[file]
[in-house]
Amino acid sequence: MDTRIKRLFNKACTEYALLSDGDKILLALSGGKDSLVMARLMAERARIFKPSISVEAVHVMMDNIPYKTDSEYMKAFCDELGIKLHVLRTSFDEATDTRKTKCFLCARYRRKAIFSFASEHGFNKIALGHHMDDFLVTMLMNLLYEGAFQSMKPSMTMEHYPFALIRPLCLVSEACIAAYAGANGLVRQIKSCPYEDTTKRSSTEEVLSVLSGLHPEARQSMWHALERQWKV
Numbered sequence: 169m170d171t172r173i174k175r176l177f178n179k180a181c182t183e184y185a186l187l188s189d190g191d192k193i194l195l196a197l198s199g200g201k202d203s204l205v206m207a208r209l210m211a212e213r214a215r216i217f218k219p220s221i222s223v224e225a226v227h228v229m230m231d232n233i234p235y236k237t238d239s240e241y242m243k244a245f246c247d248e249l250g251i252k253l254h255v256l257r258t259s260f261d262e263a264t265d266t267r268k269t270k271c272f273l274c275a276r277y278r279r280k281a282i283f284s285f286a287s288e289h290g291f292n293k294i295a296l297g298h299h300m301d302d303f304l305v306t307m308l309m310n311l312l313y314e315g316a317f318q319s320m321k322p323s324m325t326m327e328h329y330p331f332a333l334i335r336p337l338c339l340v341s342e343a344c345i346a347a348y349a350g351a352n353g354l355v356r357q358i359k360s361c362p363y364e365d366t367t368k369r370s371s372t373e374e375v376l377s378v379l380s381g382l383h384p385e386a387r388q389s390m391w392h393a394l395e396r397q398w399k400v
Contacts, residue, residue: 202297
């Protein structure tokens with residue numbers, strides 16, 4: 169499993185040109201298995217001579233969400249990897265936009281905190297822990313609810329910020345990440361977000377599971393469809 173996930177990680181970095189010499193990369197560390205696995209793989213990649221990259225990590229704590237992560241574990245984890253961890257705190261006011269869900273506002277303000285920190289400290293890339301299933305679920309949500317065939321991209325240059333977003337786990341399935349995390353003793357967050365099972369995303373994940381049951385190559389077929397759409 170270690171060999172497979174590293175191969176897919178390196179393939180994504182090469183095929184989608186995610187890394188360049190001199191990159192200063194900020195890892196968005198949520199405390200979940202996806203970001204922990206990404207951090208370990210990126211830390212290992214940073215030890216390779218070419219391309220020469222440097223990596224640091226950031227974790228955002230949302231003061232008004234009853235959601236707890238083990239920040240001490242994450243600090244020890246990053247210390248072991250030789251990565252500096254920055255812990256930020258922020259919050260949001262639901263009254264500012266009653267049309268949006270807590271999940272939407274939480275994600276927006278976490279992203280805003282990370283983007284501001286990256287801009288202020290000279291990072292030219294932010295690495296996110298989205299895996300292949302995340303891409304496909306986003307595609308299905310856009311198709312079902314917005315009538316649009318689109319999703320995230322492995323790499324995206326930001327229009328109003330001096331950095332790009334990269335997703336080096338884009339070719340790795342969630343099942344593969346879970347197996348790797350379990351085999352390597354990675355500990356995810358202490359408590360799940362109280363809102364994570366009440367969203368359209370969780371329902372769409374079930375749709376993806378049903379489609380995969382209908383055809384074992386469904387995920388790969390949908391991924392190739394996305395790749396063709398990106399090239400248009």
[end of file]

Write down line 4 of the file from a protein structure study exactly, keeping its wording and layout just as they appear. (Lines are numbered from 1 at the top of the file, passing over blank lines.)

Contacts, residue, residue: 202297